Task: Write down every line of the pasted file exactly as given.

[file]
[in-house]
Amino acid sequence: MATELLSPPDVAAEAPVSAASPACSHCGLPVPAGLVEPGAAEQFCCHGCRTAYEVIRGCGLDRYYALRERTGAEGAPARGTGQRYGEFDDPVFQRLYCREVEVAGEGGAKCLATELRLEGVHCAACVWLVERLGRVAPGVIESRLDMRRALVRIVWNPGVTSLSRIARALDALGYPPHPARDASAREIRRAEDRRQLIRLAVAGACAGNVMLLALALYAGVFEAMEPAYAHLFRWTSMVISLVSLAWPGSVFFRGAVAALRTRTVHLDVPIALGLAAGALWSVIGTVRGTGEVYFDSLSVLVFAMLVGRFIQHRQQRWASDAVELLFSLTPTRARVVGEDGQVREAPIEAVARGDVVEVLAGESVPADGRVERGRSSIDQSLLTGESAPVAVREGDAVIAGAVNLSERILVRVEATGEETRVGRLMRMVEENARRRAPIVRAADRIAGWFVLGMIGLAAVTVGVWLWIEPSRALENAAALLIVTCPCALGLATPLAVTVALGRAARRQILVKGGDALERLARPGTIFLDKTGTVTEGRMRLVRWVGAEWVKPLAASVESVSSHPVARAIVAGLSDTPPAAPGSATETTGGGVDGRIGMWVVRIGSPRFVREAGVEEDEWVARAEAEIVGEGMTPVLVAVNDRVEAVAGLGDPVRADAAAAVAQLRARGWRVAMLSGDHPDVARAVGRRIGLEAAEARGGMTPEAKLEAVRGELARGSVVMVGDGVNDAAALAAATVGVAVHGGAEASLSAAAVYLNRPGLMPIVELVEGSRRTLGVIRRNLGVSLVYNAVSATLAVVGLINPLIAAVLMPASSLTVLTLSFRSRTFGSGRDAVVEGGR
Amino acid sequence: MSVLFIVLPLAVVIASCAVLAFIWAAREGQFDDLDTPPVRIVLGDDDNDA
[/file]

[in-house]
Amino acid sequence: MATELLSPPDVAAEAPVSAASPACSHCGLPVPAGLVEPGAAEQFCCHGCRTAYEVIRGCGLDRYYALRERTGAEGAPARGTGQRYGEFDDPVFQRLYCREVEVAGEGGAKCLATELRLEGVHCAACVWLVERLGRVAPGVIESRLDMRRALVRIVWNPGVTSLSRIARALDALGYPPHPARDASAREIRRAEDRRQLIRLAVAGACAGNVMLLALALYAGVFEAMEPAYAHLFRWTSMVISLVSLAWPGSVFFRGAVAALRTRTVHLDVPIALGLAAGALWSVIGTVRGTGEVYFDSLSVLVFAMLVGRFIQHRQQRWASDAVELLFSLTPTRARVVGEDGQVREAPIEAVARGDVVEVLAGESVPADGRVERGRSSIDQSLLTGESAPVAVREGDAVIAGAVNLSERILVRVEATGEETRVGRLMRMVEENARRRAPIVRAADRIAGWFVLGMIGLAAVTVGVWLWIEPSRALENAAALLIVTCPCALGLATPLAVTVALGRAARRQILVKGGDALERLARPGTIFLDKTGTVTEGRMRLVRWVGAEWVKPLAASVESVSSHPVARAIVAGLSDTPPAAPGSATETTGGGVDGRIGMWVVRIGSPRFVREAGVEEDEWVARAEAEIVGEGMTPVLVAVNDRVEAVAGLGDPVRADAAAAVAQLRARGWRVAMLSGDHPDVARAVGRRIGLEAAEARGGMTPEAKLEAVRGELARGSVVMVGDGVNDAAALAAATVGVAVHGGAEASLSAAAVYLNRPGLMPIVELVEGSRRTLGVIRRNLGVSLVYNAVSATLAVVGLINPLIAAVLMPASSLTVLTLSFRSRTFGSGRDAVVEGGR
Amino acid sequence: MSVLFIVLPLAVVIASCAVLAFIWAAREGQFDDLDTPPVRIVLGDDDNDA